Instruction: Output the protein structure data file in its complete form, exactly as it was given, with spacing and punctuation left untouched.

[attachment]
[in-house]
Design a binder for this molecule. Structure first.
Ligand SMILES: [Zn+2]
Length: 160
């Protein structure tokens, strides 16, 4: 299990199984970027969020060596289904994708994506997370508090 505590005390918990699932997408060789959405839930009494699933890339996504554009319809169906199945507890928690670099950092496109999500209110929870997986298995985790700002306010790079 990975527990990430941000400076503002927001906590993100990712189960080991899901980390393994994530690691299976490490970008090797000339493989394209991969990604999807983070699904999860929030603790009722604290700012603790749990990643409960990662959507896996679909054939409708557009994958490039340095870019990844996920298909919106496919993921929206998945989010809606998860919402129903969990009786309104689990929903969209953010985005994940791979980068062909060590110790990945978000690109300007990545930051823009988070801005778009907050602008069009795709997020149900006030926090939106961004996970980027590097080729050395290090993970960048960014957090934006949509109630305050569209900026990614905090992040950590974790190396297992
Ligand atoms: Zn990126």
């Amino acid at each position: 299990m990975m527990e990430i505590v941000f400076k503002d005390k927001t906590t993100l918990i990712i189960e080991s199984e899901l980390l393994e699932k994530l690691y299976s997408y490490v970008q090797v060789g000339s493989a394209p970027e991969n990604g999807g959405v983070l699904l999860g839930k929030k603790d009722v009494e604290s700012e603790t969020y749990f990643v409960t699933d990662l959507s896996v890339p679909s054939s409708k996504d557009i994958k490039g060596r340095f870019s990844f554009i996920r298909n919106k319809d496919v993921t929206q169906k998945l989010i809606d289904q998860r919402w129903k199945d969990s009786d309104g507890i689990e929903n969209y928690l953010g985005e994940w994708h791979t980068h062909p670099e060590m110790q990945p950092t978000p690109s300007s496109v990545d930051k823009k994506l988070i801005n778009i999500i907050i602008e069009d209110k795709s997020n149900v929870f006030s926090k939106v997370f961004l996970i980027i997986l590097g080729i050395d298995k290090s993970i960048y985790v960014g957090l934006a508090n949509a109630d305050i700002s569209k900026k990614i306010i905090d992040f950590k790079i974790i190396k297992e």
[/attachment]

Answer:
[in-house]
Design a binder for this molecule. Structure first.
Ligand SMILES: [Zn+2]
Length: 160
């Protein structure tokens, strides 16, 4: 299990199984970027969020060596289904994708994506997370508090 505590005390918990699932997408060789959405839930009494699933890339996504554009319809169906199945507890928690670099950092496109999500209110929870997986298995985790700002306010790079 990975527990990430941000400076503002927001906590993100990712189960080991899901980390393994994530690691299976490490970008090797000339493989394209991969990604999807983070699904999860929030603790009722604290700012603790749990990643409960990662959507896996679909054939409708557009994958490039340095870019990844996920298909919106496919993921929206998945989010809606998860919402129903969990009786309104689990929903969209953010985005994940791979980068062909060590110790990945978000690109300007990545930051823009988070801005778009907050602008069009795709997020149900006030926090939106961004996970980027590097080729050395290090993970960048960014957090934006949509109630305050569209900026990614905090992040950590974790190396297992
Ligand atoms: Zn990126």
């Amino acid at each position: 299990m990975m527990e990430i505590v941000f400076k503002d005390k927001t906590t993100l918990i990712i189960e080991s199984e899901l980390l393994e699932k994530l690691y299976s997408y490490v970008q090797v060789g000339s493989a394209p970027e991969n990604g999807g959405v983070l699904l999860g839930k929030k603790d009722v009494e604290s700012e603790t969020y749990f990643v409960t699933d990662l959507s896996v890339p679909s054939s409708k996504d557009i994958k490039g060596r340095f870019s990844f554009i996920r298909n919106k319809d496919v993921t929206q169906k998945l989010i809606d289904q998860r919402w129903k199945d969990s009786d309104g507890i689990e929903n969209y928690l953010g985005e994940w994708h791979t980068h062909p670099e060590m110790q990945p950092t978000p690109s300007s496109v990545d930051k823009k994506l988070i801005n778009i999500i907050i602008e069009d209110k795709s997020n149900v929870f006030s926090k939106v997370f961004l996970i980027i997986l590097g080729i050395d298995k290090s993970i960048y985790v960014g957090l934006a508090n949509a109630d305050i700002s569209k900026k990614i306010i905090d992040f950590k790079i974790i190396k297992e």